Irrigac¸ão nasal com soluc¸ão salina: terapêutica ou homeopática In chronic rhinosinusitis (CRS), and many chronic airway conditions, the underlying goal is to restore mucosal function with treatments focused on reducing inflammation, removing bacterial infection (or biofilm) and, critically, replacing lost mucociliary function.1 Nasal irrigations have come to play a large role in the management of chronic rhinosinusitis and to a lesser degree in allergic rhinitis (AR). While saline nasal treatments are offered in different forms, such as sprays and nebulizers, it is high-volume nasal irrigation that has found an integral part in current treatment guidelines for CRS. Nasal irrigations may appear novel, but this practice of sinus care has its origins within the Hatha Yoga Pradipika from [...]
Introduction A cluster of viral pneumonia cases associated with a novel Coronavirus (2019-nCoV) was first identified in Wuhan, Hubei Province, China, in December 2019 and has rapidly spread around the world, causing a global health crisis.1 The disease was subsequently named Coronavirus Disease—2019 (COVID-19) by the World Health Organization (WHO) and has been designated SARS-CoV-2.2 Significant concern has arisen within the global community to the potential risks of infectious transmission of SARS-CoV-2 to the surgical team during endoscopic sinonasal and skull base surgery. As information has rapidly evolved, it has become clear that the presence of elevated viral load in the upper airway mucosa impacts not only skull base cases but also virtually all diagnostic and therapeutic [...]
Long-term outcomes in medial flap inferior turbinoplasty are superior to submucosal electrocautery and submucosal powered turbinate reduction
Background: Techniques for inferior turbinate reduction vary from complete turbinectomy to limited cauterization. Surgical methods differ on the degree of tissue reduction and reliance on surgical tissue removal vs tissue ablation. The outcome and morbidity from 3 different turbinate techniques are compared. Methods: A randomized double-blinded study was performed. Patient nasal cavities were randomized to different interventions on each side within the same patient. One group had a combination of submucosal powered turbinate reduction (designated “submucosal”) and submucosal electrocautery (designated “electrocautery”); and the second group had a combination of submucosal powered turbinate reduction (designated “submucosal”) and medial flap turbinoplasty (designated “turbinoplasty”). Patient-scored nasal obstruction and rhinorrhoea (1 to 5) along with blindly assessed nasal airway patency ratings [...]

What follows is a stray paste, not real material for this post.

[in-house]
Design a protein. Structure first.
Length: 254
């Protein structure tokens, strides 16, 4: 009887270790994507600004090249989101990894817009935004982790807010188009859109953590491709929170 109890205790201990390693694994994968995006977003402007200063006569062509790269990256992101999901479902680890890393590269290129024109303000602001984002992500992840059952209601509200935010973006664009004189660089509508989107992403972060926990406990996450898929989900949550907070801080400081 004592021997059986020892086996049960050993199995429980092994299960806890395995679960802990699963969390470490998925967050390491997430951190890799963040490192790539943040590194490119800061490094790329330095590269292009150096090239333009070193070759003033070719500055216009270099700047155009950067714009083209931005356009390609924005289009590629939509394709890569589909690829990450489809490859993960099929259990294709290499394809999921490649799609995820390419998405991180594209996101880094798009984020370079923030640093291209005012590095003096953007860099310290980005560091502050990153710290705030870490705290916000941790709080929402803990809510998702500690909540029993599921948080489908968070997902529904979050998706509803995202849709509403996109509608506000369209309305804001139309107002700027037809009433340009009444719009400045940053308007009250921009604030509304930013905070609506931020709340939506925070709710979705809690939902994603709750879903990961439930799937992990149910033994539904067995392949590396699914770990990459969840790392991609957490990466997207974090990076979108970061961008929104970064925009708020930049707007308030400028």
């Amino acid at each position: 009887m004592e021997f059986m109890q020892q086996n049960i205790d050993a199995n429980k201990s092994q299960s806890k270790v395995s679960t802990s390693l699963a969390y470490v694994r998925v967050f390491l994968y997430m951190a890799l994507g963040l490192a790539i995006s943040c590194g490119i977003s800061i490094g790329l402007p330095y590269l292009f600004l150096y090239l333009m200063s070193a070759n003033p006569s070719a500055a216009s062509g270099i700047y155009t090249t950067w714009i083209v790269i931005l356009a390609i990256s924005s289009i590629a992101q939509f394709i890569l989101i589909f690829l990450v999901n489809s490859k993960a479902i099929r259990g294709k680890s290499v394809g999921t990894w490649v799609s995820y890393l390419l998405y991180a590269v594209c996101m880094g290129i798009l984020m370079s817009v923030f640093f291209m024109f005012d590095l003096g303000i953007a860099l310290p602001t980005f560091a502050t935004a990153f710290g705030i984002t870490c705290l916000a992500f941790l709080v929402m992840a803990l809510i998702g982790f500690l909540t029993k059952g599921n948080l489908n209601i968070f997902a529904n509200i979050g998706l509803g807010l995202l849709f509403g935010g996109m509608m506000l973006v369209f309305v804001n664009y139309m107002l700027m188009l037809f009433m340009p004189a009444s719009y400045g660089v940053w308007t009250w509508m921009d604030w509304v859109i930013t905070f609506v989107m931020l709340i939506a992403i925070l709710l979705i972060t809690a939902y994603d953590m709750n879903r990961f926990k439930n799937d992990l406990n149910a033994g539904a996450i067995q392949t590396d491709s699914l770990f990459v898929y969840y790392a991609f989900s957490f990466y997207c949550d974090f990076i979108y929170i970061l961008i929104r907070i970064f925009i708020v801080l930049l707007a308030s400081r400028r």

Dr. Henry Barham was involved in publishing an article for the American Journal of Rhinology & Allergy. “How I Do It: Medial Flap Inferior Turbinoplasty” is a study of the technique and surgical steps of the preferred method of turbinate reduction. The medial flap inferior turbinoplasty provided consistent, robust results with expected long-term relief of obstructive symptoms without additional risk of complication. View full article below:
Breathing properly through your nose is crucial. By doing so, you can ensure the air stays in your nose for a longer period of time and in turn, increase the amount of oxygen that makes its way into your bloodstream.
Now that it's Summer and the weather is warming up, lots of people are thinking about changing their routine. Shedding pounds, reducing your cholesterol, choosing healthy habits of rest, stress management, activity and diet - call it Summer Cleaning for the mind and body!
You may be surprised to learn that working out on a regular basis can also support your ear, nose, and throat or ENT health. Let's dive deeper into the connection between exercise and ENT.